The scatter graph method is used to segregate mixed costs and is more accurate than the high-low method. Scatter-graph method segregates costs visually. By plotting relevant data points in a graph, the fixed and variable cost components can be determined.
In this tutorial, we will learn step by step how to use the scatter-graph method in calculating fixed and variable costs.
Like all other methods of cost segregation, the scatter graph method follows the same cost function:
y = a + bx
where: y = total cost; a = total fixed costs; b = variable cost per level of activity (or units); x = level of activity (or number of units).
|b =||y2 - y1|
|x2 - x1|
The following data was gathered for five production runs of ABC Company. Estimate the cost function using the scatter graph method.
|Batch||Units (x)||Total Cost (y)|
Step 1: Plot the data points in a graph.
Step 2: Estimate the line of best fit.
Step 3: Determine the total fixed costs.
The total fixed cost is equal to the y-intercept. Based on the graph above, the line of best fit crosses the y-axis at approximately $12,000, hence total fixed costs is equal to $12,000.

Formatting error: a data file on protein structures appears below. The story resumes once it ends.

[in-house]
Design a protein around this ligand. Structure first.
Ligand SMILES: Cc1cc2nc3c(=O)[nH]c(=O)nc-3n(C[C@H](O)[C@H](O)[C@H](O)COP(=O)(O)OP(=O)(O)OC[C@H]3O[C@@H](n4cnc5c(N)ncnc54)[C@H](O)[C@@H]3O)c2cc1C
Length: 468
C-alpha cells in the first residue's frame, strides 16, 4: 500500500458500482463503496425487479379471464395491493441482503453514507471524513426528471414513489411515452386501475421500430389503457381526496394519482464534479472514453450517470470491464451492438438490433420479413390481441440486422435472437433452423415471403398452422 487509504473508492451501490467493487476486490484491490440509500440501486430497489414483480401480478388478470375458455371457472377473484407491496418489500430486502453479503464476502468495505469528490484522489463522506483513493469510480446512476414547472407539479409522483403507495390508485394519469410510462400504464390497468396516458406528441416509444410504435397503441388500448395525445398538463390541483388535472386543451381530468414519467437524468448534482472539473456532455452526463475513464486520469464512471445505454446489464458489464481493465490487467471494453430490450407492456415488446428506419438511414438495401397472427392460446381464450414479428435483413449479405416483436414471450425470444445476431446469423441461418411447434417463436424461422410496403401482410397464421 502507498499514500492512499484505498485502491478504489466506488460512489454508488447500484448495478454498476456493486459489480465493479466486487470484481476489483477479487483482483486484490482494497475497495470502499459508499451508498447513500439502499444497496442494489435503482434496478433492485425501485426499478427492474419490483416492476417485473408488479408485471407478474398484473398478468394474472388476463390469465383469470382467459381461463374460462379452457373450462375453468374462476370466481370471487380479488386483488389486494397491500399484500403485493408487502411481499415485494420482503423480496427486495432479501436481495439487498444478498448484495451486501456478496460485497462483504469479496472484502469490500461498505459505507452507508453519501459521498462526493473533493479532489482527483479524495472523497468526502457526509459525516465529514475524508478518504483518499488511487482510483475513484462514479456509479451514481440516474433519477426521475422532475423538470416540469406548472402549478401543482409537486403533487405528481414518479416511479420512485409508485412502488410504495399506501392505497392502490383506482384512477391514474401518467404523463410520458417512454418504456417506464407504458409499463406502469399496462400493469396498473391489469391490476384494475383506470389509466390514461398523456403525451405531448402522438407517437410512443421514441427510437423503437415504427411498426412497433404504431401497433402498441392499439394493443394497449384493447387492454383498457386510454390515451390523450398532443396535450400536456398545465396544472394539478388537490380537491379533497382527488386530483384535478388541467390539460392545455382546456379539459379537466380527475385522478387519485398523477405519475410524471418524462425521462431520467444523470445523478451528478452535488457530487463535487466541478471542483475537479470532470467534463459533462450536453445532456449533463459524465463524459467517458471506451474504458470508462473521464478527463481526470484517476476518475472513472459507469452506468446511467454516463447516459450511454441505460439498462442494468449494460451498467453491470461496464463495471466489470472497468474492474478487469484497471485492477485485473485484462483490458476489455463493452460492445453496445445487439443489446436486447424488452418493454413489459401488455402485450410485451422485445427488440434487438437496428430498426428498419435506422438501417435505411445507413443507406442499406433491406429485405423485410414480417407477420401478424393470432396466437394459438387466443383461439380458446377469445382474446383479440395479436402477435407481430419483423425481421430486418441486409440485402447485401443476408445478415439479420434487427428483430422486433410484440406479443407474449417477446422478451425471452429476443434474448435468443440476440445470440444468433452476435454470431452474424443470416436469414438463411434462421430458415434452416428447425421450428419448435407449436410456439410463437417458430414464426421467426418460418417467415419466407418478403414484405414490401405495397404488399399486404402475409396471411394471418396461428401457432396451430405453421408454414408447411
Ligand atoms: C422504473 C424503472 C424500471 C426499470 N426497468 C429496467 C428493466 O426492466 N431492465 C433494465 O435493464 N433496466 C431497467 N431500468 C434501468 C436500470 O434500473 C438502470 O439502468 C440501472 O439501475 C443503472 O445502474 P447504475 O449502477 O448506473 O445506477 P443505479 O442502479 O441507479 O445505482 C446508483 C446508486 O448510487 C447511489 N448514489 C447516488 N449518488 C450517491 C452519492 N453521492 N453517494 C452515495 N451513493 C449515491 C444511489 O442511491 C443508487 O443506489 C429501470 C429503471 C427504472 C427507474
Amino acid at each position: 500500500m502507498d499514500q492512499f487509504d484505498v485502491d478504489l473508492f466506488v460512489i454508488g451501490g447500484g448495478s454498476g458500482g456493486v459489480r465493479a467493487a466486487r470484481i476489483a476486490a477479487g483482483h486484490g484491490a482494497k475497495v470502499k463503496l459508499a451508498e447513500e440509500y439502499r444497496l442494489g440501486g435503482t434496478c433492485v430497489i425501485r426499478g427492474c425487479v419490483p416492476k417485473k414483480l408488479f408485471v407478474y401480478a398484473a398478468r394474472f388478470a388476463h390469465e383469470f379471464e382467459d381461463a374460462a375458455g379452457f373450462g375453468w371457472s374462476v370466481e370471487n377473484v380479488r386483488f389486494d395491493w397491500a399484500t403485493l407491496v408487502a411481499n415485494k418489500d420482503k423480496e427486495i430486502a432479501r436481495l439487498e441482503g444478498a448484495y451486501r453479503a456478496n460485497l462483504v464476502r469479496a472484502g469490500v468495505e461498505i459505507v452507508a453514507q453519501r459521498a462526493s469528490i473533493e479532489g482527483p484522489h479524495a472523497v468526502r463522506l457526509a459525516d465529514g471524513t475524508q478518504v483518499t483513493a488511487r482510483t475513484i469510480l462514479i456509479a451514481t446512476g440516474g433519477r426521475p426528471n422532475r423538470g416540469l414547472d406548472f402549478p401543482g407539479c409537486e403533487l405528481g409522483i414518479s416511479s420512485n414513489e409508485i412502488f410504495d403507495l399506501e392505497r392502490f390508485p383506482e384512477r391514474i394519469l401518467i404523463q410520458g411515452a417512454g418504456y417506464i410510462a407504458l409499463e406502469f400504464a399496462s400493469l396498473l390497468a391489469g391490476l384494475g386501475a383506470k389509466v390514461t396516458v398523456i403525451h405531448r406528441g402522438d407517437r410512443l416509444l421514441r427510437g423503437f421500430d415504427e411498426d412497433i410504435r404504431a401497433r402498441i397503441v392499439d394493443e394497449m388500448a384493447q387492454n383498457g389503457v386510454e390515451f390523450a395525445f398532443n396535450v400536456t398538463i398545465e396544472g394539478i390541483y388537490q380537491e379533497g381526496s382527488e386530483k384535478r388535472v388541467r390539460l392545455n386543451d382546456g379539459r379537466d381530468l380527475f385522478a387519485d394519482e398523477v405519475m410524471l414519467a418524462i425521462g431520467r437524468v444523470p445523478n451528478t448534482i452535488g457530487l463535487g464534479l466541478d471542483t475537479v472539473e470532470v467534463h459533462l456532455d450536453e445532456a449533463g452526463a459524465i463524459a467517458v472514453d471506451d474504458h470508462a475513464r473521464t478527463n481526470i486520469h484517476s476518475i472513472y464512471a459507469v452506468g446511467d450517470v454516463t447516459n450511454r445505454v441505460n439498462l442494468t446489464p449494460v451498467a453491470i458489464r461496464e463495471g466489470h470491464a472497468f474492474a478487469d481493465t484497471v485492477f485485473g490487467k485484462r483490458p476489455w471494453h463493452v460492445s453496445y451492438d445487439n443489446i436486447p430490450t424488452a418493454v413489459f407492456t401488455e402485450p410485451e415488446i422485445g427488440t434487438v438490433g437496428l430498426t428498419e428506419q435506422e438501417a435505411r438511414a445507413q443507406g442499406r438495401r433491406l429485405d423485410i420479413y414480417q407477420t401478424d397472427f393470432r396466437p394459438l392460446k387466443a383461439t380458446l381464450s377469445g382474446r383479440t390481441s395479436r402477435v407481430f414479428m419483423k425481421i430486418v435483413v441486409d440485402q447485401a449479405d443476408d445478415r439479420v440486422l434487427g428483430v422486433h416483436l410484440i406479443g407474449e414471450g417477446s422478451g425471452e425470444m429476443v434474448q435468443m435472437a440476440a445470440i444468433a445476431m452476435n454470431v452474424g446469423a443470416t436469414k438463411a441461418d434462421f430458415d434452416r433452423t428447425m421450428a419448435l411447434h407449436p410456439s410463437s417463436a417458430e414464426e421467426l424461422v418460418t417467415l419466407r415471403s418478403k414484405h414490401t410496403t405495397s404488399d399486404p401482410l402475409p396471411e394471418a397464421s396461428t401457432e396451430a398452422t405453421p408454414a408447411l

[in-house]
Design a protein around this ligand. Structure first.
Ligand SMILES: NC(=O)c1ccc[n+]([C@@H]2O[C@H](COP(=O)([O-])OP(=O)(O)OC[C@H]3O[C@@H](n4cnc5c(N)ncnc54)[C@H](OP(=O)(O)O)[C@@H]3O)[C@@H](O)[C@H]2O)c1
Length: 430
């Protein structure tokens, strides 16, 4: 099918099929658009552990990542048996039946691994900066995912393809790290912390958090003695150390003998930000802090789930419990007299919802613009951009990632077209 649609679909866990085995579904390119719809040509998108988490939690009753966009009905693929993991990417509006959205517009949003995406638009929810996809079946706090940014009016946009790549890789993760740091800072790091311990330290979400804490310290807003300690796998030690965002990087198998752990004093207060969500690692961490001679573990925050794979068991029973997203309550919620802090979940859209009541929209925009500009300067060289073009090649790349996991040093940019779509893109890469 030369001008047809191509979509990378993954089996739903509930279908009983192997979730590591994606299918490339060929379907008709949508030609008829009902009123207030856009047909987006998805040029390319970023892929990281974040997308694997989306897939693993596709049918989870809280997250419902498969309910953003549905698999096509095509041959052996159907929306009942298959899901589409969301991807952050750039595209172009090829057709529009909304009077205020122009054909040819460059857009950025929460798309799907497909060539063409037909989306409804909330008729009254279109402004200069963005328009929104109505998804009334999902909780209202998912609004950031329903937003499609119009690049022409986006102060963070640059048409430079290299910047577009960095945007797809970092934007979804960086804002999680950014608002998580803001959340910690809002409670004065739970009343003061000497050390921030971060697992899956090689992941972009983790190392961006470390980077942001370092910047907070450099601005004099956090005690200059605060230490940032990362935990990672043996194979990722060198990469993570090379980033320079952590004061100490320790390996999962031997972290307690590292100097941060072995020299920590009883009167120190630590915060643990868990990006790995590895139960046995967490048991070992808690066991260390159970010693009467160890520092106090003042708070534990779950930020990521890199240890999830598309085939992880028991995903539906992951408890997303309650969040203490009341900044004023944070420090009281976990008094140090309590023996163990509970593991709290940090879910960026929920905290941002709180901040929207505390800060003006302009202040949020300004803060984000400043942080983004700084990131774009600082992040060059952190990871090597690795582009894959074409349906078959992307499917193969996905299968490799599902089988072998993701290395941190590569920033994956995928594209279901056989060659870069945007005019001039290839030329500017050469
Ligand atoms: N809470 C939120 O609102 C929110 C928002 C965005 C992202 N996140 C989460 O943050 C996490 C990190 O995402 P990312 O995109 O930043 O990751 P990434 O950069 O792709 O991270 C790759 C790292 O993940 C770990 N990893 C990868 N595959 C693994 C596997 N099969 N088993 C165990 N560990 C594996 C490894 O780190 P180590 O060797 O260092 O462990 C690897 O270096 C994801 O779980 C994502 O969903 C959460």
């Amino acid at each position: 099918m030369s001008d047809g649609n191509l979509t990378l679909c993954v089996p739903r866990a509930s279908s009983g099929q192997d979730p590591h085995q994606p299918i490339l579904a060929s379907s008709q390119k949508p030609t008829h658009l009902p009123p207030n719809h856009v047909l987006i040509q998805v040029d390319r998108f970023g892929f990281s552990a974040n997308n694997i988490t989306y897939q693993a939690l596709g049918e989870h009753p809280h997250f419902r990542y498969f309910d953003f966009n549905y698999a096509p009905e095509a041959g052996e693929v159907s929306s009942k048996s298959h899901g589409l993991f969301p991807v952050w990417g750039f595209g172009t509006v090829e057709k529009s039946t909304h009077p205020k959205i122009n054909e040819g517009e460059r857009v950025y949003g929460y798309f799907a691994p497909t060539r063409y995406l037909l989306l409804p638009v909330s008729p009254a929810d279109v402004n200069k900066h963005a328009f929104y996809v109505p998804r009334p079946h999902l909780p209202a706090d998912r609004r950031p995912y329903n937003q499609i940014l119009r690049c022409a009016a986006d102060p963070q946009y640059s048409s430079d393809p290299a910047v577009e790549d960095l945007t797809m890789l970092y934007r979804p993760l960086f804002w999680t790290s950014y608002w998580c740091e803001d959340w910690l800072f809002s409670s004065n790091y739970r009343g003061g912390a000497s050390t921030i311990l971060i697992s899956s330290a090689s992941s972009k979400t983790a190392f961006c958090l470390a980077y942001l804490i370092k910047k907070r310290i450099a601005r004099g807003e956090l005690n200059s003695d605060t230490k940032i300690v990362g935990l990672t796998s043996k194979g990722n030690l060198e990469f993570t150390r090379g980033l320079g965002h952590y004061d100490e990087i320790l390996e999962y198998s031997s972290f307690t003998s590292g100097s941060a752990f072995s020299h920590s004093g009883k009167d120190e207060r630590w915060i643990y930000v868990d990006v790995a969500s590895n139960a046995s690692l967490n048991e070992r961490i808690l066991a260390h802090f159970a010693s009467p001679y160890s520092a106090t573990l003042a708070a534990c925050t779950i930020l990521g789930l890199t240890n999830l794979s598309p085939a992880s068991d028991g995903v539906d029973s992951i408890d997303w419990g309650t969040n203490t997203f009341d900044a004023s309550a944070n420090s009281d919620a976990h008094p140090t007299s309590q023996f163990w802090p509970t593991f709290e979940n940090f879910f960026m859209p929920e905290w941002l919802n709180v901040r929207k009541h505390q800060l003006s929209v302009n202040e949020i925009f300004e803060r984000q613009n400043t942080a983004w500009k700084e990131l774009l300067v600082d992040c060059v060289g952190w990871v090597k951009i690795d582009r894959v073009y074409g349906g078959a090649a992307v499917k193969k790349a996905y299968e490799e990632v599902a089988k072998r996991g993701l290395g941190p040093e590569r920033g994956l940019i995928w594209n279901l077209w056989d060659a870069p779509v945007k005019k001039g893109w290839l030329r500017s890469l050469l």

a = $12,000
Step 4: Compute for the variable cost per unit.
The variable cost per unit or slope is computed using any two data points in the line of best fit. Let us use coordinates that we can easily determine: x=0, y=12,000 and x=900, y=36,000 (approximately).
|b =||y2 - y1||=||36,000 - 12,000||=||24,000|
|x2 - x1||900 - 0||900|
b = $ 26.67 per unit
Again, any two points found in the line of best fit can be used (e.g., at x=300, y=20,000; or at x=700, y=33,000.) It is advisable to use two data points whose values can be easily approximated or determined.
The cost function for this particular set using the scatter graph method is:
y = $12,000 + $26.67x.
Compared to the high-low method which considers the highest level and lowest level of activity only, the scatter graph method is more reliable since it considers all data points. However, drawing the line of best fit involves some estimation. This issue is addressed by an even more accurate method: computing for the fixed and variable costs mathematically through linear regression (next lesson).